A detailed prior history of this litigation is set forth in our Futura II opinion.   144 F.3d at 8-9.   To explain the issues on this appeal, it is useful to describe the development of the case since the original judgment.   In the second suit, the district court found on summary judgment that CDC had been acting as an alter ego of the Commonwealth and held the Commonwealth accountable for payment of CDC's $12 million judgment plus interest.   See Futura Development of Puerto Rico, Inc. v. Estado Libre Asociado de Puerto Rico, 962 F.Supp. 248 (D.P.R.1997) (“Futura I ”).   As the alter ego finding sought by Futura depended on the “nature of the entity created by state law,” the district court first turned to the legal status of CDC. Id. at 252.   Noting that the Supreme Court of Puerto Rico had remarked in the unpublished opinion, Cintron Ortiz v. Compañía de Desarrollo Cooperativo, CE-92-575 (unpublished “sentencia,” June 8, 1994), that the enabling statute for CDC fails to define clearly “whether [CDC] is or isn't an instrumentality of the Commonwealth,” the district court based its conclusion that CDC was an alter ego of the Commonwealth on the following findings:  (1) the Commonwealth provided the principal source of CDC's finances;  (2) the Commonwealth acknowledged making additional special appropriations to enable CDC to pay its debts;  (3) CDC's financial statements refer to CDC as an agency of the Commonwealth;  (4) CDC's enabling statute provides that the CDC's Finance Committee is composed of a Commonwealth agency administrator and four appointees of the Governor;  (5) that agency administrator is also the president of CDC, and names CDC's executive director subject to the Governor's approval;  (6) CDC's accounting system was to be established in consultation with the Commonwealth's Secretary of the Treasury, and CDC was to entrust all funds to a depository recognized for funds of the Government of the Commonwealth;  (7) CDC's property and activities were exempted from taxes;  and (8) CDC is required to submit a financial statement and a transactional report to the Governor at the close of each fiscal year.  Futura I, 962 F.Supp. at 253-54.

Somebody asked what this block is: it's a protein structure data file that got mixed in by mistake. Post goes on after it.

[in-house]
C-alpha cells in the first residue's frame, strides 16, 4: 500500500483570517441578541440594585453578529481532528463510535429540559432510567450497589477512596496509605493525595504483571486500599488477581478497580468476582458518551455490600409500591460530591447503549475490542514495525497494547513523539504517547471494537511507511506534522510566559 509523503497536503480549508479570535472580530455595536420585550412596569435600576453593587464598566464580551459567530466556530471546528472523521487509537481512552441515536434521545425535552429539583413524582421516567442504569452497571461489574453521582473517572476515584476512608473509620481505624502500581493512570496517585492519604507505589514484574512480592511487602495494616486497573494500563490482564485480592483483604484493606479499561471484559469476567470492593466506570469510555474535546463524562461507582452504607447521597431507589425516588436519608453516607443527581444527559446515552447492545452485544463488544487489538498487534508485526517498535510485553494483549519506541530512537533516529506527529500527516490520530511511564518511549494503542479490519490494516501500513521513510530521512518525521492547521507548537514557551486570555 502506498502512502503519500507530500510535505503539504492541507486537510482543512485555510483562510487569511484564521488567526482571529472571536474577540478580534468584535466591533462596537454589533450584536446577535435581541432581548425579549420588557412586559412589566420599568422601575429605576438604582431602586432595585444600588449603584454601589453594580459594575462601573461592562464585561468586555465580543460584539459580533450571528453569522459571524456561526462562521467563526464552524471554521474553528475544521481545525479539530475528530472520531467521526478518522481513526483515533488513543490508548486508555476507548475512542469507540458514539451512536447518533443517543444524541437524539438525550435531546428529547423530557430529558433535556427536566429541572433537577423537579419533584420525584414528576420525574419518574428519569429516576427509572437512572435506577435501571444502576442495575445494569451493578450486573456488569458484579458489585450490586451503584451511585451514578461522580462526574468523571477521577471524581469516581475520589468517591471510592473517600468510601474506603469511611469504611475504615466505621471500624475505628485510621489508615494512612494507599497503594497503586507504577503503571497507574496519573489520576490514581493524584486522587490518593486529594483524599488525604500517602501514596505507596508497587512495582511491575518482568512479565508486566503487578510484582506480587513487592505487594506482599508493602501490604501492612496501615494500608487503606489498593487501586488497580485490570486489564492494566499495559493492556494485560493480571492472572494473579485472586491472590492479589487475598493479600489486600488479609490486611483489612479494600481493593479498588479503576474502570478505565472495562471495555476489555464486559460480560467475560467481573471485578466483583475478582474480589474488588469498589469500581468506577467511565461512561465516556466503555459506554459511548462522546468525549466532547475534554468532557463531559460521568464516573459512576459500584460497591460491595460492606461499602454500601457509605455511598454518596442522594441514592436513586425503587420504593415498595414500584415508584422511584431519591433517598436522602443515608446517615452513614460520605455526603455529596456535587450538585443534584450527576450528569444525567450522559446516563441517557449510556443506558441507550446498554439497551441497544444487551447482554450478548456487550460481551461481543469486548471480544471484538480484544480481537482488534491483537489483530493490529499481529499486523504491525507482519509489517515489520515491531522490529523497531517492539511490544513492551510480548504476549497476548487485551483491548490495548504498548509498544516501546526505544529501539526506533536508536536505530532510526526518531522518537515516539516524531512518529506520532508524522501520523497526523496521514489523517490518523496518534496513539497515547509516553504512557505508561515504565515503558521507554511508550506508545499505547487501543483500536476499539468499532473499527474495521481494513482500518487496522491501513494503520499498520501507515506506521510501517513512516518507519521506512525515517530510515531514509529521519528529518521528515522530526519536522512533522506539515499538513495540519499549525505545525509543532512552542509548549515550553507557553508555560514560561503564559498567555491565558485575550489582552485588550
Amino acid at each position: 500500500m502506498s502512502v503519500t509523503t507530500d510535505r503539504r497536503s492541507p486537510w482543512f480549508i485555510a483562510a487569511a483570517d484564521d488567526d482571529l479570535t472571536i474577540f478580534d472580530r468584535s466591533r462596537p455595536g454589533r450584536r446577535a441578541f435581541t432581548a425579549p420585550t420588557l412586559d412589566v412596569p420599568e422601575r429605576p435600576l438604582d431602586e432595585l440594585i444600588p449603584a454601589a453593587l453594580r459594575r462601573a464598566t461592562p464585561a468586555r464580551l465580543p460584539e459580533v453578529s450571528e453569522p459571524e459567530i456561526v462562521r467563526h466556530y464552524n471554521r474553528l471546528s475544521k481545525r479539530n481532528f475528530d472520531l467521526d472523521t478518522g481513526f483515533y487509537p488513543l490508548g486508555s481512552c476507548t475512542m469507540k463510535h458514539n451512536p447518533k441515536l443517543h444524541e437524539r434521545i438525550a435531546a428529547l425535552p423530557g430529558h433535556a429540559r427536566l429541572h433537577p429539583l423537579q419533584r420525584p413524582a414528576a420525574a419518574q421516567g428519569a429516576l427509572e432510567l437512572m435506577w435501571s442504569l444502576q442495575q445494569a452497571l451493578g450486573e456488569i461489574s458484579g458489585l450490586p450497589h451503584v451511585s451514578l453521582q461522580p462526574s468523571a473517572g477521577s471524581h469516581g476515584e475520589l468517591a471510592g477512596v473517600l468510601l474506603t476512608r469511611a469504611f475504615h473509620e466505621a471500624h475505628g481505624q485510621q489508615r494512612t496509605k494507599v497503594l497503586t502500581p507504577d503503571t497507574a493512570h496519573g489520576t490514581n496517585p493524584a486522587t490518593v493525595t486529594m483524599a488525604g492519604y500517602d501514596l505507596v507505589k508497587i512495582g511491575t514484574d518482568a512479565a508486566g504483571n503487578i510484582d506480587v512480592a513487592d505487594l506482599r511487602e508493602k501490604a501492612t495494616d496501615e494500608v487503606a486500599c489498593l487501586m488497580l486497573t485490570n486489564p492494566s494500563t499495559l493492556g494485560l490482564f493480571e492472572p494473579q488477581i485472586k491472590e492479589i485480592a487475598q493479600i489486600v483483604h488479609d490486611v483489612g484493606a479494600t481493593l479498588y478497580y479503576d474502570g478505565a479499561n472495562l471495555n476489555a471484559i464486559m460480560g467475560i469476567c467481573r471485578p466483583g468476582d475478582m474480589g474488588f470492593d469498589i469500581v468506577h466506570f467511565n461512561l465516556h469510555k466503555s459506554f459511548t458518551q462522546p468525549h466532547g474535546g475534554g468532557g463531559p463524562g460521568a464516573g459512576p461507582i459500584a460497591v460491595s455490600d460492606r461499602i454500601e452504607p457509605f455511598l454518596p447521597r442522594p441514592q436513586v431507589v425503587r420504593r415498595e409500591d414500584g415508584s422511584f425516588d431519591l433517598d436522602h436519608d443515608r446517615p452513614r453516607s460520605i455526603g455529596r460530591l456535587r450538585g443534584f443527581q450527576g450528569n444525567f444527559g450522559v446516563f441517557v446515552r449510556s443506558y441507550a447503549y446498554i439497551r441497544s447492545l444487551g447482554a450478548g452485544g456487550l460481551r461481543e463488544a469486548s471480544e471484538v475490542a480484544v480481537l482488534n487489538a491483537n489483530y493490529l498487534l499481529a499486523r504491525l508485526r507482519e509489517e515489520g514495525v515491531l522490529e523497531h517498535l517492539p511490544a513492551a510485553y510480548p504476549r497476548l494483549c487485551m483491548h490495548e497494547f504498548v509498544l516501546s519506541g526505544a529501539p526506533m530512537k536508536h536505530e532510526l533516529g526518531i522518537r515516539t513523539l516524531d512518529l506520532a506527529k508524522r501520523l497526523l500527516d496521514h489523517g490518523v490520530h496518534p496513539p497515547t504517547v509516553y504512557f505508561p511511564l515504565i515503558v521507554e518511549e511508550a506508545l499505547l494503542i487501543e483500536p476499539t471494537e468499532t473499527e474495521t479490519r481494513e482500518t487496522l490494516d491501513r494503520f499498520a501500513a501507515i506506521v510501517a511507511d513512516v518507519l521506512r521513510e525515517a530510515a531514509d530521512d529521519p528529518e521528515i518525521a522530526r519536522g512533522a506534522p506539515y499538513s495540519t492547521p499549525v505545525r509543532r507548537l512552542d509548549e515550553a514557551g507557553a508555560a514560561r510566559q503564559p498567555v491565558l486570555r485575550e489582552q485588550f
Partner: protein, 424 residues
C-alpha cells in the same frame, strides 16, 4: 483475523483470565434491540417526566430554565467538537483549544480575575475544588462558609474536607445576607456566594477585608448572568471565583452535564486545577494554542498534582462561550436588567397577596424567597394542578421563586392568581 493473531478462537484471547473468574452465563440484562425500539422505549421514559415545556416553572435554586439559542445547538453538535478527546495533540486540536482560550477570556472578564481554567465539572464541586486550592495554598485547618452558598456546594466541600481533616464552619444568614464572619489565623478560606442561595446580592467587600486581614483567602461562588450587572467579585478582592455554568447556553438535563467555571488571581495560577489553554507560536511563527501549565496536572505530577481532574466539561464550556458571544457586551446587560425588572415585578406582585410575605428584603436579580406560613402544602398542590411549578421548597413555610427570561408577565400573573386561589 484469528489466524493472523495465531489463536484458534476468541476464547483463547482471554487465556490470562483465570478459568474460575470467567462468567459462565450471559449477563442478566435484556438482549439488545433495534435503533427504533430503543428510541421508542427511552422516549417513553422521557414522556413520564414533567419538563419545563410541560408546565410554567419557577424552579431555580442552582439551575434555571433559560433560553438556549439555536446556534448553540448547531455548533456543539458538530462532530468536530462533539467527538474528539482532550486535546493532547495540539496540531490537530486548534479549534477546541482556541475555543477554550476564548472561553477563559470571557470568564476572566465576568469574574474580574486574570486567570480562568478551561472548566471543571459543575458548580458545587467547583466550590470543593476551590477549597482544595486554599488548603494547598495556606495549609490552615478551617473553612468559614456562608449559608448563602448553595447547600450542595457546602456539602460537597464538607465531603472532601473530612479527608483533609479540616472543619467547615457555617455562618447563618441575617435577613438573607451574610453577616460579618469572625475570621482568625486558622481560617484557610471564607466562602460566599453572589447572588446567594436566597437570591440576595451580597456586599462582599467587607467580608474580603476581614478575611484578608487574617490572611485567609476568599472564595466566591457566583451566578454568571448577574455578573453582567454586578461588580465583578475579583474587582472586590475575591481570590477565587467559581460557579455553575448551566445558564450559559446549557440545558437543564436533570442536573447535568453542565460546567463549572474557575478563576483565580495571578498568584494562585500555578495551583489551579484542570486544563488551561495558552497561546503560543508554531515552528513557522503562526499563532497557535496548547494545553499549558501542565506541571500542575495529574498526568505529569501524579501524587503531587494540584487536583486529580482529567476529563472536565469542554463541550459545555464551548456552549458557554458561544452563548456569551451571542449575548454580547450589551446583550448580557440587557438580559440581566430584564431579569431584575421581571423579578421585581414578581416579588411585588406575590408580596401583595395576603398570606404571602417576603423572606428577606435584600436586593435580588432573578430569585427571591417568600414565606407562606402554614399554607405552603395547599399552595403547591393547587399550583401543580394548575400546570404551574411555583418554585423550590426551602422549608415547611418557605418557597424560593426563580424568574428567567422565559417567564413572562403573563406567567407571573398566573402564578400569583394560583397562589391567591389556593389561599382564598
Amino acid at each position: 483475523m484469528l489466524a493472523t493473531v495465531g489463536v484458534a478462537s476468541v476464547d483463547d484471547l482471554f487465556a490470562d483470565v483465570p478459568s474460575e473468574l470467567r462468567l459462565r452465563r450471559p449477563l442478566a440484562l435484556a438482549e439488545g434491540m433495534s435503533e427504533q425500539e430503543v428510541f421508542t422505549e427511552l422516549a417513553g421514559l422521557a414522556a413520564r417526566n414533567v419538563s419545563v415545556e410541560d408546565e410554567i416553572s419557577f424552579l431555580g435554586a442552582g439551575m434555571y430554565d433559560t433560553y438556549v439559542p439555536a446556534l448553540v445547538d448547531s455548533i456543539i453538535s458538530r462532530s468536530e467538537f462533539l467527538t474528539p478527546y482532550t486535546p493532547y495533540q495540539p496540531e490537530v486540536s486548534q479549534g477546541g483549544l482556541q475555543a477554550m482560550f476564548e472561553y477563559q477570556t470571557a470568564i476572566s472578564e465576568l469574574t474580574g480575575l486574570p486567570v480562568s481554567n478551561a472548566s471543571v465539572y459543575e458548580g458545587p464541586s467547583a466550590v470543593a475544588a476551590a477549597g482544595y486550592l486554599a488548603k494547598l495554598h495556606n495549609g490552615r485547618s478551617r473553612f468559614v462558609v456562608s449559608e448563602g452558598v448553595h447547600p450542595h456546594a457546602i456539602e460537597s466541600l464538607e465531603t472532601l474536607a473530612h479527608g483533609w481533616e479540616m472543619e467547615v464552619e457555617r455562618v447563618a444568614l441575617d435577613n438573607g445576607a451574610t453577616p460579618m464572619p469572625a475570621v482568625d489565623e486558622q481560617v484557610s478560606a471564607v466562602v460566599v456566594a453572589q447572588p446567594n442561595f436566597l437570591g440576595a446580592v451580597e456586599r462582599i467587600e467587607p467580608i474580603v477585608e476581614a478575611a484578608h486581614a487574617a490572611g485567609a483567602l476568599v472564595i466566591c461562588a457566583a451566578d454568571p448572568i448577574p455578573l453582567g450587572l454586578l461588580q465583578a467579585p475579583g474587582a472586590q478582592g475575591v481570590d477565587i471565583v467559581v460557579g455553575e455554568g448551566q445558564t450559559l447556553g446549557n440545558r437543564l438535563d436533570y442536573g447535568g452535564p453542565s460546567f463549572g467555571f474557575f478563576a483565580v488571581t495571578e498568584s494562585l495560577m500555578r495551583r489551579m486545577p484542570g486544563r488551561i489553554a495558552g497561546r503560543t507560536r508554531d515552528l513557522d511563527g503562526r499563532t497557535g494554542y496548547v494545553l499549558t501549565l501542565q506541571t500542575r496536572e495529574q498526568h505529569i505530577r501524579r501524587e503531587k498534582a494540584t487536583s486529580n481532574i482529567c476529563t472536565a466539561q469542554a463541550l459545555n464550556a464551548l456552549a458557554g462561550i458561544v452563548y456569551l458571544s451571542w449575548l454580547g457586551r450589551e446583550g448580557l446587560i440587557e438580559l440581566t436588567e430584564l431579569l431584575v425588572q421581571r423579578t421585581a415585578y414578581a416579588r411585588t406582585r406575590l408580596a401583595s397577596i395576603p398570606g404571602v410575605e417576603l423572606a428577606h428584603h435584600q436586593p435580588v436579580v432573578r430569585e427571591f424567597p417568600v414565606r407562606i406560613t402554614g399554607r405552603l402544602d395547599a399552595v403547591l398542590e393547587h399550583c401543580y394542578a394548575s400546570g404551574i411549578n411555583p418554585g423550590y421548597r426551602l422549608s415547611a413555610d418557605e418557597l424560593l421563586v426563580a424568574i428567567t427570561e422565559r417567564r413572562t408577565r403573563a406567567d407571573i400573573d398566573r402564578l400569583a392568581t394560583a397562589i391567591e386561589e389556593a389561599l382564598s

Having determined that CDC was an alter ego of the Commonwealth, the district court turned to the question of whether the Commonwealth had waived its Eleventh Amendment immunity through the actions of CDC. Given that the Commonwealth controlled CDC's daily operations before the original litigation over the Ciudad Cristiána project and provided ninety-seven percent of CDC's income through legislative appropriations, the district court focused its waiver analysis on the critical question of whether at the time of the original litigation, the Commonwealth “acted as though it were defending an agency and, consequently, its own coffers.”   Id. at 255.   In addition to CDC's assertion of its own claim, the district court identified six findings in favor of waiver:  (1) the litigation materials and documentation were in the control of the Commonwealth's Secretary of Justice, not the CDC administrators;  (2) in closing arguments CDC argued that any judgment against it would have to be paid with Puerto Rico tax dollars;  (3) CDC's counsel promised Futura that the Commonwealth would include payment of the judgment in its budget in order to deter Futura from attaching assets or requiring the posting of a supersedeas bond during the appellate process;  (4) the appeal of the judgment to the First Circuit and consequently the Supreme Court was handled by the Secretary of Justice and paid for by the Commonwealth;  (5) the Commonwealth engaged in “a pattern of conveniently allowing CDC to fall into insolvency by refusing to provide the company with the necessary and customary appropriations, thus letting CDC's debts mount, wiping out its capital, and in effect, precluding the possibility of satisfying plaintiff's judgment”;  and (6) the Commonwealth stripped the agency of its employees and transferred them to a complementary governmental agency.   Id. at 255-56.   In light of the Commonwealth's support and control of CDC in maintaining its counterclaim, the district court concluded that the Commonwealth “simply cannot expect to act as CDC's alter ego throughout the Ciudad Cristiána litigation in an effort to increase its own coffers, and hope that, when its plan boomerangs, this Court tolerates its efforts to distance itself from CDC by pleading and interposing Eleventh Amendment immunity.”   Id. at 257.